Lester Goran's first book of short stories, Tales from the Irish Club, was chosen by the New York Times Book Review as a "Notable Book of the Year 1996." This second collection also centers around a group of men and women in an Irish-American enclave in Pittsburgh, primarily during the years surrounding World War II, but extending at times into the eighties. With evocative settings and narratives ranging from the supernatural to the humorous, from bawdy hilarity to richly detailed realism, Goran creates once more his world of poignant and magical times and places within the mundane affairs of ordinary men and women. With his mastery of language and images he shows again what Paul West has termed "the lunatic sadness of things." Goran writes of characters in a time and place of relatively stable circumstances: the young woman who thinks her smile mesmerizes all manner of men in dangerous "Lorelei" fascination; three adventuresome youths who take on the responsibilities of working as professional pallbearers in a very strange cemetery; Light Culhane, who failed at every possible human endeavor except having a beautiful woman fall forever in love with him; the man who talked too much about his sexual liaisons and lived to regret it; Desmond's sister, who devises a rare medical program to save her dying brother; and other misfits, saints, braggarts, straight arrows, and geniuses. As the Pittsburgh Post-Gazette noted in its review of Tales from the Irish Club, "Goran's many characters come alive with a immediacy and clarity that makes their stories seem like today's gossip." She Loved Me Once and Other Stories is a worthy successor to that book.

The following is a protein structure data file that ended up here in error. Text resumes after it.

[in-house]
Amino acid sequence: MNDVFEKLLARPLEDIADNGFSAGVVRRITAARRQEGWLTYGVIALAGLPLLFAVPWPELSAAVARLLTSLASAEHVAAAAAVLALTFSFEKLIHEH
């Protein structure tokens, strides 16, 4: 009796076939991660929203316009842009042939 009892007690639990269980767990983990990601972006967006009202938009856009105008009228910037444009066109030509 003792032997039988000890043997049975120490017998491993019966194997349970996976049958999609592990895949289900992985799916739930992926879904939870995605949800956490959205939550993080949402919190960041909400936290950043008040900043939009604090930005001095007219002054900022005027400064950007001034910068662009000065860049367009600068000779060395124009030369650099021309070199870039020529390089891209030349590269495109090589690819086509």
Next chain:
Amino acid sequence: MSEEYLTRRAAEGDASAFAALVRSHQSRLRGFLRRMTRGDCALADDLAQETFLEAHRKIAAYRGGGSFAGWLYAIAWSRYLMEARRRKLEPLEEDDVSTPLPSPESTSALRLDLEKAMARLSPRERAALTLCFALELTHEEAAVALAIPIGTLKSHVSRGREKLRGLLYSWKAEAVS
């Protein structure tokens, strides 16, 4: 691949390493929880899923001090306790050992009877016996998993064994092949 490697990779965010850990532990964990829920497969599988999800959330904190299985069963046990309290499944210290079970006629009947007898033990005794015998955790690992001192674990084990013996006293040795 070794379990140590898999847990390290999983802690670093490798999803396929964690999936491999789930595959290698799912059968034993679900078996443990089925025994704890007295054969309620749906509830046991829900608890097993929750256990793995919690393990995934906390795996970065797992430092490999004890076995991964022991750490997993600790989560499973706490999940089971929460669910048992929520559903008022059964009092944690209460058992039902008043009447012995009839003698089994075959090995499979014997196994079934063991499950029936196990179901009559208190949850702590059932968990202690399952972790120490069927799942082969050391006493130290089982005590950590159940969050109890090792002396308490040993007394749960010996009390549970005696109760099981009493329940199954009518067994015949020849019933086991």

Tall tales abound in the wonderful sequel to Goran's acclaimed Tales from the Irish Club--and so do the tellers of tall tales. They frequent "The Irish Club," or Local 9 of the Ancient Order of Hibernians in Pittsburgh, where Goran grew up, a Jewish boy in a staunchly Irish working-class neighborhood circa WWII. Delivered with passionate realism, fine dry humor and a commendable handle on old-time Irish-American vernacular, these invented legends mingle wisecracks with romance. Small-time scam artists, wartime heroes, dreamers, losers, cheating wives, boozers, gamblers, murderesses and lost loves--they all feature in Goran's wonderful, funny and poignant prose, which (whether it wraps a one-liner or rambling family lore) is addictive and entertaining stuff.